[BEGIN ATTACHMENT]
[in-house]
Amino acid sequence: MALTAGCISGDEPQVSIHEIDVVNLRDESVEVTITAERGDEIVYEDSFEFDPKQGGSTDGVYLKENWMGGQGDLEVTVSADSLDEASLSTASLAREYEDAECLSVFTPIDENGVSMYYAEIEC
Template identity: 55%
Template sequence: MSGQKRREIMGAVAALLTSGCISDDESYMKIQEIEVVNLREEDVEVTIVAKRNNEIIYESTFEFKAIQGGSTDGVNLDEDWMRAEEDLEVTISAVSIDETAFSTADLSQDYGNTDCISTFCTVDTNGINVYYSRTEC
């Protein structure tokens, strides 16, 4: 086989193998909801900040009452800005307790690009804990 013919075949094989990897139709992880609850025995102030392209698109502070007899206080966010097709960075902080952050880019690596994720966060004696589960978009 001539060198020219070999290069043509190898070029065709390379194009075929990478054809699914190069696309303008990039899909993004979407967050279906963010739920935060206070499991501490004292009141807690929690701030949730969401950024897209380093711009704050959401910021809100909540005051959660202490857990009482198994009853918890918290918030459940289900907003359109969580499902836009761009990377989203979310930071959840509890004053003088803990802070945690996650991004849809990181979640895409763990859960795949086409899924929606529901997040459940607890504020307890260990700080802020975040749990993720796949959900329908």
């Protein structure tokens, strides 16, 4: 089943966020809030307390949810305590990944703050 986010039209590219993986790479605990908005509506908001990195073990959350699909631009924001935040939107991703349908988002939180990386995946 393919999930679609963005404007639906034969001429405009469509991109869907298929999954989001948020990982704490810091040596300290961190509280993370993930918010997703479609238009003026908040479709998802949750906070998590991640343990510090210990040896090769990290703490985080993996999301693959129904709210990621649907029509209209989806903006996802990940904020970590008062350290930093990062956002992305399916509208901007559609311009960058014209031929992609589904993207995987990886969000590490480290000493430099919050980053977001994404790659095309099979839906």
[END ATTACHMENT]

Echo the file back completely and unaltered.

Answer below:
[in-house]
Amino acid sequence: MALTAGCISGDEPQVSIHEIDVVNLRDESVEVTITAERGDEIVYEDSFEFDPKQGGSTDGVYLKENWMGGQGDLEVTVSADSLDEASLSTASLAREYEDAECLSVFTPIDENGVSMYYAEIEC
Template identity: 55%
Template sequence: MSGQKRREIMGAVAALLTSGCISDDESYMKIQEIEVVNLREEDVEVTIVAKRNNEIIYESTFEFKAIQGGSTDGVNLDEDWMRAEEDLEVTISAVSIDETAFSTADLSQDYGNTDCISTFCTVDTNGINVYYSRTEC
């Protein structure tokens, strides 16, 4: 086989193998909801900040009452800005307790690009804990 013919075949094989990897139709992880609850025995102030392209698109502070007899206080966010097709960075902080952050880019690596994720966060004696589960978009 001539060198020219070999290069043509190898070029065709390379194009075929990478054809699914190069696309303008990039899909993004979407967050279906963010739920935060206070499991501490004292009141807690929690701030949730969401950024897209380093711009704050959401910021809100909540005051959660202490857990009482198994009853918890918290918030459940289900907003359109969580499902836009761009990377989203979310930071959840509890004053003088803990802070945690996650991004849809990181979640895409763990859960795949086409899924929606529901997040459940607890504020307890260990700080802020975040749990993720796949959900329908």
């Protein structure tokens, strides 16, 4: 089943966020809030307390949810305590990944703050 986010039209590219993986790479605990908005509506908001990195073990959350699909631009924001935040939107991703349908988002939180990386995946 393919999930679609963005404007639906034969001429405009469509991109869907298929999954989001948020990982704490810091040596300290961190509280993370993930918010997703479609238009003026908040479709998802949750906070998590991640343990510090210990040896090769990290703490985080993996999301693959129904709210990621649907029509209209989806903006996802990940904020970590008062350290930093990062956002992305399916509208901007559609311009960058014209031929992609589904993207995987990886969000590490480290000493430099919050980053977001994404790659095309099979839906």